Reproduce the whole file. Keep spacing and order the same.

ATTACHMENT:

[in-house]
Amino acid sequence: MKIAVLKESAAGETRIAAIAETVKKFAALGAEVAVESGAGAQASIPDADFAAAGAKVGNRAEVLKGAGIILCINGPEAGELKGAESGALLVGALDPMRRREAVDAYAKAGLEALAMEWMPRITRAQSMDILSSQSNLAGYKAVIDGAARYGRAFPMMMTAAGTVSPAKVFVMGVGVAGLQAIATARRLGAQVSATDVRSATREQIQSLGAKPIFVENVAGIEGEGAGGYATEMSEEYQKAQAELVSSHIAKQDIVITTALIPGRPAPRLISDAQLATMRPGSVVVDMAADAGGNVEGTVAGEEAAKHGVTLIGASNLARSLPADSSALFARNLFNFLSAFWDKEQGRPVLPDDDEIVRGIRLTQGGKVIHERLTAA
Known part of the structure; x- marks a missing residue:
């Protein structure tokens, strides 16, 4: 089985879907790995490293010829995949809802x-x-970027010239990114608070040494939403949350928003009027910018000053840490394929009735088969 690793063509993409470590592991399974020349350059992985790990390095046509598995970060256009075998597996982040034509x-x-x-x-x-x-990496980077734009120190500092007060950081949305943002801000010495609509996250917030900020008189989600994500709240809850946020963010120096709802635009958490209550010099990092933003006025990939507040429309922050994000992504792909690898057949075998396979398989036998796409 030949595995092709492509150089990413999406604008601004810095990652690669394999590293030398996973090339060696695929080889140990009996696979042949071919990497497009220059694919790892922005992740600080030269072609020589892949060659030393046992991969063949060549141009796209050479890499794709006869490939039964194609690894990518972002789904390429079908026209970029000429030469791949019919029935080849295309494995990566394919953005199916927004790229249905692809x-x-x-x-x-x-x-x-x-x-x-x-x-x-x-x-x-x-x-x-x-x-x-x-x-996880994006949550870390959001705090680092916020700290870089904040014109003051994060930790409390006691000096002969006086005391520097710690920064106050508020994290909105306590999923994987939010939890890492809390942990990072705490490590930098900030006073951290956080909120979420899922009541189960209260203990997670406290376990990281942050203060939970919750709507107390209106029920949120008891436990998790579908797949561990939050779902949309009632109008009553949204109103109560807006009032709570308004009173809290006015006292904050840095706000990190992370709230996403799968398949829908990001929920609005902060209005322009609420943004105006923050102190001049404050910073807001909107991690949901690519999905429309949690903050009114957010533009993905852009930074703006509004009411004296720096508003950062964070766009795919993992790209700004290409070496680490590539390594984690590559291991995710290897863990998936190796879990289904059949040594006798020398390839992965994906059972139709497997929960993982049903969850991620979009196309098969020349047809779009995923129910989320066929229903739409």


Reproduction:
[in-house]
Amino acid sequence: MKIAVLKESAAGETRIAAIAETVKKFAALGAEVAVESGAGAQASIPDADFAAAGAKVGNRAEVLKGAGIILCINGPEAGELKGAESGALLVGALDPMRRREAVDAYAKAGLEALAMEWMPRITRAQSMDILSSQSNLAGYKAVIDGAARYGRAFPMMMTAAGTVSPAKVFVMGVGVAGLQAIATARRLGAQVSATDVRSATREQIQSLGAKPIFVENVAGIEGEGAGGYATEMSEEYQKAQAELVSSHIAKQDIVITTALIPGRPAPRLISDAQLATMRPGSVVVDMAADAGGNVEGTVAGEEAAKHGVTLIGASNLARSLPADSSALFARNLFNFLSAFWDKEQGRPVLPDDDEIVRGIRLTQGGKVIHERLTAA
Known part of the structure; x- marks a missing residue:
């Protein structure tokens, strides 16, 4: 089985879907790995490293010829995949809802x-x-970027010239990114608070040494939403949350928003009027910018000053840490394929009735088969 690793063509993409470590592991399974020349350059992985790990390095046509598995970060256009075998597996982040034509x-x-x-x-x-x-990496980077734009120190500092007060950081949305943002801000010495609509996250917030900020008189989600994500709240809850946020963010120096709802635009958490209550010099990092933003006025990939507040429309922050994000992504792909690898057949075998396979398989036998796409 030949595995092709492509150089990413999406604008601004810095990652690669394999590293030398996973090339060696695929080889140990009996696979042949071919990497497009220059694919790892922005992740600080030269072609020589892949060659030393046992991969063949060549141009796209050479890499794709006869490939039964194609690894990518972002789904390429079908026209970029000429030469791949019919029935080849295309494995990566394919953005199916927004790229249905692809x-x-x-x-x-x-x-x-x-x-x-x-x-x-x-x-x-x-x-x-x-x-x-x-x-996880994006949550870390959001705090680092916020700290870089904040014109003051994060930790409390006691000096002969006086005391520097710690920064106050508020994290909105306590999923994987939010939890890492809390942990990072705490490590930098900030006073951290956080909120979420899922009541189960209260203990997670406290376990990281942050203060939970919750709507107390209106029920949120008891436990998790579908797949561990939050779902949309009632109008009553949204109103109560807006009032709570308004009173809290006015006292904050840095706000990190992370709230996403799968398949829908990001929920609005902060209005322009609420943004105006923050102190001049404050910073807001909107991690949901690519999905429309949690903050009114957010533009993905852009930074703006509004009411004296720096508003950062964070766009795919993992790209700004290409070496680490590539390594984690590559291991995710290897863990998936190796879990289904059949040594006798020398390839992965994906059972139709497997929960993982049903969850991620979009196309098969020349047809779009995923129910989320066929229903739409």